Elephant in the Doom
Elephant in the Doom
Staying on Track
In which Dodger lays down the law
Much to Dodger’s dismay, the line didn’t get back into motion until early the following morning. Turned out PAUL’s storage space wasn’t quite as ready as it looked. It took a bit of time to get the machine, as well as the spirit inside of it, situated enough for travel. Boon helped as best he could with lifting and welding, but the more delicate work required smaller, steadier hands—a fact that seemed to frustrate the ghost to no end. Dodger offered his services, but the doc insisted both Lelanea and Dodger get some much needed rest after their sordid adventure in the town of Jubilee.
Dodger didn’t argue the point; partially because he figured the man knew what was best, being a doctor and all, but mostly because Dodger was so dog tired. The usually spunky and independent Lelanea didn’t argue with her uncle either, but for very different reasons. After her initial conversation with her beau upon returning to the line, she retired to her quarters and didn’t emerge again for a couple of hours. Dodger fancied he heard a bit of weeping and even some arguing rising from her end of the cab, but he tried his best to stay out of whatever drama was brewing. As it was, he slept fitfully with worry on his heart for his friends.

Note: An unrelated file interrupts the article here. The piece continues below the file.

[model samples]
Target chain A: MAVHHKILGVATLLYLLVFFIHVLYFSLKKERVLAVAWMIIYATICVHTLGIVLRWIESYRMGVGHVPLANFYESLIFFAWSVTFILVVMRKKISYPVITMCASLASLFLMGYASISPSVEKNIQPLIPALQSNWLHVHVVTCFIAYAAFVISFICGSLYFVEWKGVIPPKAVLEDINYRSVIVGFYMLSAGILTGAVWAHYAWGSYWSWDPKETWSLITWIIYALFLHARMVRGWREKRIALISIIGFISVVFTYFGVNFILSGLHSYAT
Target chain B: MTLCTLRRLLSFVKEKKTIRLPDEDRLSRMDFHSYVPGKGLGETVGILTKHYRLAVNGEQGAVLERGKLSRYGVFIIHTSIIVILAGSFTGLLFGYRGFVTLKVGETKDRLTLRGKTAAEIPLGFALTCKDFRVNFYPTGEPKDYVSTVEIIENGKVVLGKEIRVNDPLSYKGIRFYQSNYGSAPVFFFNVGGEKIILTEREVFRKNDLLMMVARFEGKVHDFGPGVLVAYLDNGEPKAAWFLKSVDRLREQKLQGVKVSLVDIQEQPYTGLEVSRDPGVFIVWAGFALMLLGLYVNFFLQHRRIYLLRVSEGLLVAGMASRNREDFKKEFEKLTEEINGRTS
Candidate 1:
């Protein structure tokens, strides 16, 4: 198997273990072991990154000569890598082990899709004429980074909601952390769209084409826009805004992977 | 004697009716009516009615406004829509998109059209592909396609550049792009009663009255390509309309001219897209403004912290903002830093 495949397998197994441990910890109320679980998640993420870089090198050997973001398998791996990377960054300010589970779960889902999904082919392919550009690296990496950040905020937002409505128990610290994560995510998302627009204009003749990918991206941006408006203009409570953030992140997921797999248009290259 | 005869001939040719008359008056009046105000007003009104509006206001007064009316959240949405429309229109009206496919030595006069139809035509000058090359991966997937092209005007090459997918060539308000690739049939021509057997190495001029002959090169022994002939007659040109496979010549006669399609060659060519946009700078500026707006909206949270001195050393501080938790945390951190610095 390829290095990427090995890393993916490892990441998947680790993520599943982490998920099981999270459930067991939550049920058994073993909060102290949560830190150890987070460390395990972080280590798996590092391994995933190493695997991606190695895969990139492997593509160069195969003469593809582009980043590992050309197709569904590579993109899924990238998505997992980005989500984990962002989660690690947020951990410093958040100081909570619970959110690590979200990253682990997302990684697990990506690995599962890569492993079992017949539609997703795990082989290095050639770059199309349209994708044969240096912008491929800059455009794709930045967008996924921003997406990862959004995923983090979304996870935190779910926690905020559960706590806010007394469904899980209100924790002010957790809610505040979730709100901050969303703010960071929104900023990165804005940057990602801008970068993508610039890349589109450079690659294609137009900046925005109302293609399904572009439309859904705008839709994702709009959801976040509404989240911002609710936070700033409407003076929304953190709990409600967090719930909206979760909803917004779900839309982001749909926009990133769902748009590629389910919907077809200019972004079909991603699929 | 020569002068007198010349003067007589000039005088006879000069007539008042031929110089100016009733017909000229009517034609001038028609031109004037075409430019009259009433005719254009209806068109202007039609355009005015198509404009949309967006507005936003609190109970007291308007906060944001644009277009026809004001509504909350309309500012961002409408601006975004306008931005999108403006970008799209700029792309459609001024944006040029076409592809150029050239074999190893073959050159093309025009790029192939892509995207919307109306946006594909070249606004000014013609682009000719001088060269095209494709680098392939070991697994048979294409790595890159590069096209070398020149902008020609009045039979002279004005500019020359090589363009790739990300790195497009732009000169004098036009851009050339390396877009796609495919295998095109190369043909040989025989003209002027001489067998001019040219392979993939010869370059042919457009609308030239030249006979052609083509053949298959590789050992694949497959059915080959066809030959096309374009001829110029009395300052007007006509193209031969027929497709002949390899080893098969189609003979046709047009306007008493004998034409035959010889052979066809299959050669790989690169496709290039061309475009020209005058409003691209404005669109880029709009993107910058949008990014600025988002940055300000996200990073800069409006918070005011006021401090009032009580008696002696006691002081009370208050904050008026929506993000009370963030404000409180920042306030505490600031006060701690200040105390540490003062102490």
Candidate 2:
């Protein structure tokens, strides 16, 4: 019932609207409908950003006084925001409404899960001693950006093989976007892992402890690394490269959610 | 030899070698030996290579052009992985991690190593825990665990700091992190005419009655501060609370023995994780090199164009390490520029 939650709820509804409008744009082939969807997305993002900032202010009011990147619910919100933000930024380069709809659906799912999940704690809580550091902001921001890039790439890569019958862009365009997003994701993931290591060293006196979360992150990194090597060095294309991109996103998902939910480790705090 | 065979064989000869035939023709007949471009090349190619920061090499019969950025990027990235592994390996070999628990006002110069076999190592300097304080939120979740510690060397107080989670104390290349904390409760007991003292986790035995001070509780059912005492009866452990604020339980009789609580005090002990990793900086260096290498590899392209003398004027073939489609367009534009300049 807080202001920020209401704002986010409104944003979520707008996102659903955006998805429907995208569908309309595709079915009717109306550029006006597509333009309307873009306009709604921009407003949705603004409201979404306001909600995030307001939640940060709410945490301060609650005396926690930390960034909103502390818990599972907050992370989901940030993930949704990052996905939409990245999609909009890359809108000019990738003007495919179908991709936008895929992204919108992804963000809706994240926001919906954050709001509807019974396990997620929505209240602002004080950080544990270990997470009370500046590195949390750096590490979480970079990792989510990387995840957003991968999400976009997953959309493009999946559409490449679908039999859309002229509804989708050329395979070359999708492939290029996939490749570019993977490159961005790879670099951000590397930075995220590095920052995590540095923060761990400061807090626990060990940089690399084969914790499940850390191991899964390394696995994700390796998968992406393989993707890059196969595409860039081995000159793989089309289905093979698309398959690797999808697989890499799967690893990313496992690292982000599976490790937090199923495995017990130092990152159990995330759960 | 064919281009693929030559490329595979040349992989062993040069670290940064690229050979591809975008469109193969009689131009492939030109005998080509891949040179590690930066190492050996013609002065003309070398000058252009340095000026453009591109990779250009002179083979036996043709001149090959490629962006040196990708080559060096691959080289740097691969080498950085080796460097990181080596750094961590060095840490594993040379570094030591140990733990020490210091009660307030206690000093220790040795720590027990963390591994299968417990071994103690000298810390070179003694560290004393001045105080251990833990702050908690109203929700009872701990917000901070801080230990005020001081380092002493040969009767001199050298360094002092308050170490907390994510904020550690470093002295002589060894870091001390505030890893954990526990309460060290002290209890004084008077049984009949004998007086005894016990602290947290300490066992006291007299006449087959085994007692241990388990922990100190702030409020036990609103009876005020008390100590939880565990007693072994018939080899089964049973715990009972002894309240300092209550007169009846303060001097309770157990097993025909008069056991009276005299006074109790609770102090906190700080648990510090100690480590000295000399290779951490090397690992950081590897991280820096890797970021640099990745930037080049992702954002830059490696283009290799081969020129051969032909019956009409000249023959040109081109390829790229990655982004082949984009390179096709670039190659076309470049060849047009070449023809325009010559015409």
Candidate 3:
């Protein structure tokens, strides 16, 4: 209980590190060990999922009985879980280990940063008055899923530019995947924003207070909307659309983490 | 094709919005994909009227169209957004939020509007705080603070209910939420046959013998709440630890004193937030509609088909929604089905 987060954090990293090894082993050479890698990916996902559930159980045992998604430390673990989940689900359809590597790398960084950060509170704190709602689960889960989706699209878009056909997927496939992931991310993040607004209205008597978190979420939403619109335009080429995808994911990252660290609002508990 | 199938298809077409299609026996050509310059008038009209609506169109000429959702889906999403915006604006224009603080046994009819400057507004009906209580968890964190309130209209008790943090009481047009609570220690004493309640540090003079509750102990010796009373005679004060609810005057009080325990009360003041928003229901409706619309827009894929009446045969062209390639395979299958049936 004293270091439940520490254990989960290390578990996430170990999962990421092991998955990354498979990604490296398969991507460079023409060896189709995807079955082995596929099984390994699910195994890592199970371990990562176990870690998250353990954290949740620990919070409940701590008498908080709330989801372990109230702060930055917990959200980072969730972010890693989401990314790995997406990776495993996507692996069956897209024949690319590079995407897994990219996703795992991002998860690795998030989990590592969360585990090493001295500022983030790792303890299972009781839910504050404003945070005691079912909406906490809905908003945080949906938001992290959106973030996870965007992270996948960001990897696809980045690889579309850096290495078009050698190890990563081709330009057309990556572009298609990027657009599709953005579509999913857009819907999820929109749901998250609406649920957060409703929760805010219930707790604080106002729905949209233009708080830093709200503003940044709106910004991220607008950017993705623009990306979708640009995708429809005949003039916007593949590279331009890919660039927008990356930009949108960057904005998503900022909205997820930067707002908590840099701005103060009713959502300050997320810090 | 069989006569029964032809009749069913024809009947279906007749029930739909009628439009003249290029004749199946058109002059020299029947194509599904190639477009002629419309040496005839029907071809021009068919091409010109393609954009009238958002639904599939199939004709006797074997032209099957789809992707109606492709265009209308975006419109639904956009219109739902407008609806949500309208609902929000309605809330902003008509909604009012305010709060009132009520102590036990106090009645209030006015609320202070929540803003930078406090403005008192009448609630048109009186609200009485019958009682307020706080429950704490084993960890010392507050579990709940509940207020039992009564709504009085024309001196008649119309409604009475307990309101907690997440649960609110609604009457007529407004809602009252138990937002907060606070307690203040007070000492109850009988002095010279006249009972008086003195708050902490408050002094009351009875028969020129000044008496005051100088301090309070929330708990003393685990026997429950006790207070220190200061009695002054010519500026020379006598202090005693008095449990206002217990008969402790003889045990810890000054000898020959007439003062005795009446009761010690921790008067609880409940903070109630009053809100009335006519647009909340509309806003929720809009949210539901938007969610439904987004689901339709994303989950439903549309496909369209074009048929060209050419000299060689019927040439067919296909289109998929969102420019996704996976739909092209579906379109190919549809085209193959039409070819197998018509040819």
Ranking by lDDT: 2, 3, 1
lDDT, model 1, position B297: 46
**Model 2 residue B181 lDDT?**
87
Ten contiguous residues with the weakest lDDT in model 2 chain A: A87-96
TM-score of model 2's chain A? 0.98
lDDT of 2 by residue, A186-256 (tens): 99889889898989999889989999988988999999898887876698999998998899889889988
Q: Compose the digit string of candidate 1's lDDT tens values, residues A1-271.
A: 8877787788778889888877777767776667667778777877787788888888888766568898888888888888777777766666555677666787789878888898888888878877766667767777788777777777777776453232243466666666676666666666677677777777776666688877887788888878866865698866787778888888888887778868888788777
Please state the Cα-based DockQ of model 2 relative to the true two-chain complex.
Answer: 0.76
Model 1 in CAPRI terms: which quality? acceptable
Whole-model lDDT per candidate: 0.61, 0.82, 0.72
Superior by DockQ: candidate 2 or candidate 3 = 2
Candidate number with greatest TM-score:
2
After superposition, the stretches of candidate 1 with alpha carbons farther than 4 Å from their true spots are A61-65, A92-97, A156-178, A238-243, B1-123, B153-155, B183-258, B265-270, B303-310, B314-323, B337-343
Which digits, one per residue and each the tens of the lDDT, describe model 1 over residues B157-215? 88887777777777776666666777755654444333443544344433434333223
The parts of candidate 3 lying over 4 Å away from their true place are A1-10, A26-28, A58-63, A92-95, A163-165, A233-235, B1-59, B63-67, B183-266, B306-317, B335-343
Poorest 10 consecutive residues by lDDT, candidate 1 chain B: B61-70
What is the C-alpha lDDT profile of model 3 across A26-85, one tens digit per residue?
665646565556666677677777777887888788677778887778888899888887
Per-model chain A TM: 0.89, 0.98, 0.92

No, he worried for his family.
Dodger woke the next morning to a gentle but persistent rapping on his cabin door.
“Mr. Dodger?” Torque said.
“Yeah,” Dodger groaned. “Give me a minute.” He rolled out of his bunk and threw on a shirt, wondering what sort of emergency would bring Torque so politely knocking. Dodger slid the door open and stared bleary eyed into the hallway at the mechanical man. “What? What’s wrong?”
“Wrong?” Torque said. “Nothing is wrong. Everything is right. So very, very right. Love makes things right, you know. Love. Love for Lelanea.” Some hidden clockwork spun and whistled in a faux sigh. “Lelanea. Isn’t that a beautiful name?”
Dodger pinched the bridge of his nose. Not this again. “Look, Torque, I appreciate your new found affections, but please tell me you didn’t wake me up just to remind me you’re in love with her.”
“I did, but not just. I also brought you this.” Torque turned and lifted a tray from a trolley to his right. He all but shoved it at Dodger, as some of that old attitude seemed to linger in the metal man, somewhere.
Dodger stared down at the dome covered tray. “What is that?”
“That,” Mr. Torque said, pausing to lift the cover, “is breakfast.”